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nRF Cloud CoAP API

This page provides an overview of the nRF Cloud CoAP API.

Constrained Application Protocol (CoAP) is a specialized protocol designed for communication between devices with constrained resources. CoAP enables devices to communicate over constrained networks with minimal data traffic usage.

CoAP reduces network traffic by sending fewer and smaller messages, using CBOR message formatting instead of JSON. CoAP saves power by enabling the device to sleep and communicate with the cloud only when needed. By using a connection ID (CID) instead of repeating the handshake, a constrained device using CoAP can more efficiently re-establish a connection upon waking. This reduced network load, in turn, saves power by reducing modem usage. The protocol allows you to send information to the device asynchronously by updating the device shadow using the REST API.

CoAP uses a client-server model based on the REST architectural style. It provides a set of methods similar to those in HTTP, such as GET, POST, PUT, and DELETE, allowing devices to interact with resources in the cloud.

CoAP uses UDP as its underlying transport protocol instead of TCP, which reduces the overhead and complexity associated with TCP's reliability mechanisms. CoAP also includes its own reliability features based on retransmissions.

nRF Cloud CoAP services and features

nRF Cloud supports the following services through CoAP:

  • Location Services:
    • Assisted GNSS (A-GNSS)
    • Predicted GNSS (P-GNSS)
    • Ground fix
  • FOTA:
    • Fetch current pending FOTA job execution. The firmware image is downloaded through the HTTP client, as it is when connecting to nRF Cloud through MQTT.
    • Update FOTA job execution status
  • Messaging:
    • Publish messages
    • Fetch device state
    • Update device state
    • Read device state (delta)

Device requirements

To use the nRF Cloud CoAP API, your setup must meet the following requirements:

Samples and libraries

The following samples and libraries support CoAP:

  • nRF Cloud CoAP library. See the library for more information on specific endpoints, operations, and configurations.
  • nRF Cloud multi-service sample. This sample supports either CoAP or MQTT, depending on your chosen configuration.

For more general information on CoAP, see the Zephyr overview.

Message formatting

Concise Binary Object Representation (CBOR) is a compact binary data serialization format designed to efficiently represent data structures. It is similar in purpose to JSON but provides a more concise binary representation.

Every CoAP endpoint supports CBOR to optimize data traffic by minimizing or compressing data payloads. The protocol also supports JSON. Using CoAP with CBOR can reduce data usage by up to 75%.


Calling POST /v1/location/ground-fix over HTTP with JSON can use approximately 1.2 kB of data. The same message over CoAP with CBOR is approximately 0.3 kB. These calculations include TLS over HTTP and DTLS over CoAP headers, assuming that a secure connection is established and no handshake is done.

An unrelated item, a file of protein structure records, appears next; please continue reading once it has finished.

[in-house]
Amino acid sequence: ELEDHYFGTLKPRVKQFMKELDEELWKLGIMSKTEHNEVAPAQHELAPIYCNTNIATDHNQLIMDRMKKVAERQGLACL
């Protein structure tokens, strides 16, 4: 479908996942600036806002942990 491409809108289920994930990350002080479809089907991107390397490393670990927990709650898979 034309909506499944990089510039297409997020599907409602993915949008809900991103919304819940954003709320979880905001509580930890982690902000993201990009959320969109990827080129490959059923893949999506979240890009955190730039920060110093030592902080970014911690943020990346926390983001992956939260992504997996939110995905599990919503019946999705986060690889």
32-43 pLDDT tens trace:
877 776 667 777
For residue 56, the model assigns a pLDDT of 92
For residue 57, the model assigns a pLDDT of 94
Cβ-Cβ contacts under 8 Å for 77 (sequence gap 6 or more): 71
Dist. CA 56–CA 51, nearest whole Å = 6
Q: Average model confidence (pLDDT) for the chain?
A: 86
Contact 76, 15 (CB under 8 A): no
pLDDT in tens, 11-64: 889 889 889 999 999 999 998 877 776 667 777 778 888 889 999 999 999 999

Supported transport features

CoAP supports the following transport features:

  • IPv4 or IPv6.
  • Blockwise transfer: Larger messages are split so they fit into the maximum transmission unit (MTU) limit. These messages fit into smaller UDP frames and are suitable for constrained networks.
  • DTLS with connection ID (CID), which allows for a long-lived secure connection and eliminates the need to repeat the DTLS handshake.


All CoAP communication with nRF Cloud must use DTLS on port 5684 for server-side authentication.

The server must present its X509 certificate, but the device does not. The device must verify the server certificate. After a secure connection is established, the device sends its JWT to authenticate itself. Once authenticated, the device and server are open for further communication.

Since the device uses a JWT for authentication, it must be onboarded to nRF Cloud.


nRF Cloud CoAP supports two types of JWT:

  • REST API JWT: This is the same type of JWT used to authenticate REST API requests. Requires onboarding to nRF Cloud.
  • Identity JWT: The identity JWT is signed with an identity key that resides on the device. This token is generated through the nRF Cloud Identity Service. Requires onboarding to nRF Cloud.

Secure connection

nRF Cloud supports DTLS 1.2 with CID extension (RFC 9146), which reduces the need to handshake with the server. The server uses a connection identifier to identify the device's secure connection, instead of an IP address, which can change often. This enables the device to use long-lasting, secure connections, even when connecting from behind NAT or after a long period of inactivity.


In this example, a device sends 100 bytes of sensor data. Every five minutes of activity results in a traffic decrease of 89% over DTLS 1.2 without a CID extension. The time spent online by the device is also reduced.

Characteristics DTLS 1.2 DTLS 1.2 with CID
Number of handshakes 288 1 or 0
Data transferred ~606 kB ~62 kB

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